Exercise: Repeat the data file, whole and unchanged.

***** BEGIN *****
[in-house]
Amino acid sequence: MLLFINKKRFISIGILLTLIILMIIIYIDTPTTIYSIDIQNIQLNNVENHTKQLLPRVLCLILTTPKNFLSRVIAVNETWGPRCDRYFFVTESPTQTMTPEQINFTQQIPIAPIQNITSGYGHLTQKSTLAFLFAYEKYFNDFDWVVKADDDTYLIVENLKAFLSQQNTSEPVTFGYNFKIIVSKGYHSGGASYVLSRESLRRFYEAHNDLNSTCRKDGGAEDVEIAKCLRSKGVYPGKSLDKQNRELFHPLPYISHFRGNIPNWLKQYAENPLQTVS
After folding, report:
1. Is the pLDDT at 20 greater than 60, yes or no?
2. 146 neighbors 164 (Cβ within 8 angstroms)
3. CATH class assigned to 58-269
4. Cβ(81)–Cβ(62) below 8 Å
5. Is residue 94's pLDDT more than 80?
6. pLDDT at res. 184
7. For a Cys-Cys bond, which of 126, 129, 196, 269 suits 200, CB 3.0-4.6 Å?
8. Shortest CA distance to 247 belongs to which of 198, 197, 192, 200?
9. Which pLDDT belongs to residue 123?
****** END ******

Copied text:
[in-house]
Amino acid sequence: MLLFINKKRFISIGILLTLIILMIIIYIDTPTTIYSIDIQNIQLNNVENHTKQLLPRVLCLILTTPKNFLSRVIAVNETWGPRCDRYFFVTESPTQTMTPEQINFTQQIPIAPIQNITSGYGHLTQKSTLAFLFAYEKYFNDFDWVVKADDDTYLIVENLKAFLSQQNTSEPVTFGYNFKIIVSKGYHSGGASYVLSRESLRRFYEAHNDLNSTCRKDGGAEDVEIAKCLRSKGVYPGKSLDKQNRELFHPLPYISHFRGNIPNWLKQYAENPLQTVS
After folding, report:
1. Is the pLDDT at 20 greater than 60, yes or no?
2. 146 neighbors 164 (Cβ within 8 angstroms)
3. CATH class assigned to 58-269
4. Cβ(81)–Cβ(62) below 8 Å
5. Is residue 94's pLDDT more than 80?
6. pLDDT at res. 184
7. For a Cys-Cys bond, which of 126, 129, 196, 269 suits 200, CB 3.0-4.6 Å?
8. Shortest CA distance to 247 belongs to which of 198, 197, 192, 200?
9. Which pLDDT belongs to residue 123?